20 Bishop’s careful observations provide a rare glimpse into the lives of Newfoundland
women.32 Most of the establishments where Bishop and Huntington took lodgings were
owned by women: Mrs. Cahill on Bell Island ran a "tiny, cluttered little house" with "2 or 3
men boarders"; Mrs. Costello in Bay Bulls had 22 boarders; Mrs. O’Toole at Caplin Harbour
served wonderful "bread & butter, marsh berries, & Devonshire cream"; Mrs. Breen at Cape
Boyle [Broyle], who kept "a rather odd place," openly yearned to live in St. John’s so she
could go to the movies33; Mrs. Williams ran the Cabot House at Bay Bulls; Bob Bartlett’s
two sisters ran the "elegantly furnished" Benville Tea Room in Brigus, which Bishop
describes as very like "a tea room on Cape Cod — a fancy one — flowers in vases, Vogue,
Vanity Fair, etc., paintings and etchings ... [and] Sofa cushions"; the "famous ‘Rosie’ —
Rose Archibald," who operated the Cochrane House in Harbour Grace, is described by
Bishop as "very rough and cheerful and [she] wears trousers." Many years later in
"Exchanging Hats," an odd poem about cross-dressing and gender stereotyping, Bishop notes
the "complexity" of "costume and custom."
21 How did Newfoundlanders respond to Bishop and Huntington, two rather unconventional
women travellers? Not all inn-keepers welcomed the odd couple. Mrs. Costello at Calvert,
who was "rather disagreeable" toward them, had no room for them at her Boarding House.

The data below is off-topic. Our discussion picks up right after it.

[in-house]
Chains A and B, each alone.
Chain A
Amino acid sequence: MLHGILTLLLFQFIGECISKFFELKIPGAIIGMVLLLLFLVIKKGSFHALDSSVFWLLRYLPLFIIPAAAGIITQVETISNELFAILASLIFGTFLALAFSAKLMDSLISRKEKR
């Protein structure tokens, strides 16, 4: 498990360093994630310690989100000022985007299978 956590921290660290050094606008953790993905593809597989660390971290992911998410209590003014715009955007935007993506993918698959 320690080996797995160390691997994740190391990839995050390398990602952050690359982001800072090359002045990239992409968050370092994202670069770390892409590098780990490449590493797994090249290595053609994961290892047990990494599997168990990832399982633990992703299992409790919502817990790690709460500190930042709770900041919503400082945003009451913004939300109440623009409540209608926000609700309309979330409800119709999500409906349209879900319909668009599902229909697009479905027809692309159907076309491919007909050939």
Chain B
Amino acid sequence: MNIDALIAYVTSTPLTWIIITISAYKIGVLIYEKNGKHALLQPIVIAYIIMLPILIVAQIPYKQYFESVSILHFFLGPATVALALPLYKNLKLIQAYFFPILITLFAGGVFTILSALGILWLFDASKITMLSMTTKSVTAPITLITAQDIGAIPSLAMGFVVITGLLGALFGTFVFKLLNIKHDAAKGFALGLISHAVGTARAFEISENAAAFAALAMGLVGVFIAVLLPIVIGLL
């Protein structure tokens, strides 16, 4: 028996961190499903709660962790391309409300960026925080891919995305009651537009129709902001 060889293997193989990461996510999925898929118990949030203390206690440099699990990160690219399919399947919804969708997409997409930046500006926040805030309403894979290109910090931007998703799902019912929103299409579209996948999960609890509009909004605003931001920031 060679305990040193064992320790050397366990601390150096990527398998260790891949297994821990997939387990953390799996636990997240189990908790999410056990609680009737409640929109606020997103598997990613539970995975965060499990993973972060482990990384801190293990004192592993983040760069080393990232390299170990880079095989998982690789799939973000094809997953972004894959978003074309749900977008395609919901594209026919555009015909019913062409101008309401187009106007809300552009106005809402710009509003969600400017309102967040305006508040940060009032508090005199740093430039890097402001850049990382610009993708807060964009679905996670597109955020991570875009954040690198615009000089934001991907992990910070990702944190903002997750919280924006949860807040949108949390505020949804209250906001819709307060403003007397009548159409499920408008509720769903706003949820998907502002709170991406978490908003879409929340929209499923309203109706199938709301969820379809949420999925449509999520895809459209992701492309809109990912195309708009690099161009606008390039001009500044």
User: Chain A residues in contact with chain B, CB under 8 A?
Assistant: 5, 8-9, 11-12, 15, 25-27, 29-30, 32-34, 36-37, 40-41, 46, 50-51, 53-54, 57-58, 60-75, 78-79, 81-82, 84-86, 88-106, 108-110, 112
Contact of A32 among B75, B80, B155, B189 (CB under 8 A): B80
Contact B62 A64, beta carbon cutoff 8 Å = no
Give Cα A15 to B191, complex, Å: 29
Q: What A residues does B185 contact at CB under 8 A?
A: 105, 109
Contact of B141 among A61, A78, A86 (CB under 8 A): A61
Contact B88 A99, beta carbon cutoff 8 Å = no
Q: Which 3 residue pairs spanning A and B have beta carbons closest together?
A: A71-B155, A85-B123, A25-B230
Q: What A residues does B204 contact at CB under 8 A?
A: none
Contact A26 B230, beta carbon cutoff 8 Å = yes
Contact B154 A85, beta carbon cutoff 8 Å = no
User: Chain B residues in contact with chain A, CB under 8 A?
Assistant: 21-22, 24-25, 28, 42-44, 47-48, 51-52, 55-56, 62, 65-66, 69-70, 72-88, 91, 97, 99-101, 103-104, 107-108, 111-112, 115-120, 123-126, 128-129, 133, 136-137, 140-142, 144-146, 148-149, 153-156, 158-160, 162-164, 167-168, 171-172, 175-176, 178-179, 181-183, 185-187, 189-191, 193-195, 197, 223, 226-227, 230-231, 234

Another Mrs. Costello at Ferryland "didn’t like [their] looks & [they] didn’t like hers" so they
pushed on to Cape Broyle, where they found more welcoming lodgings. Mrs. Williams at
Bay Bulls was initially "very cool, then more friendly." In many of the small communities
along Conception Bay and Trinity Bay, the two young women attracted unwanted attention.
At Spaniard’s Bay when they stopped to rest, "The people ... were ruder than any before —
they followed us through the street.... and gathered a real mob. We fed the children molasses
candy ... but the older boys were awful, all sniggers." Between Chapel Arm and Norman’s
Cove, they were "followed all the way by several children." Mrs. Green at Norman’s Cove
gave them lodgings but the crowd would not disperse. Bishop writes, "I play the parlor organ
— it’s near a sort of bay window that’s open, and the crowd (the children from Chapel Arm
are still there too) in the twilight gets larger & larger. It is sinister. They just stare, don’t say
anything, at least 20 people."34 In Questions of Travel (1965), Bishop asks, "Is it right to be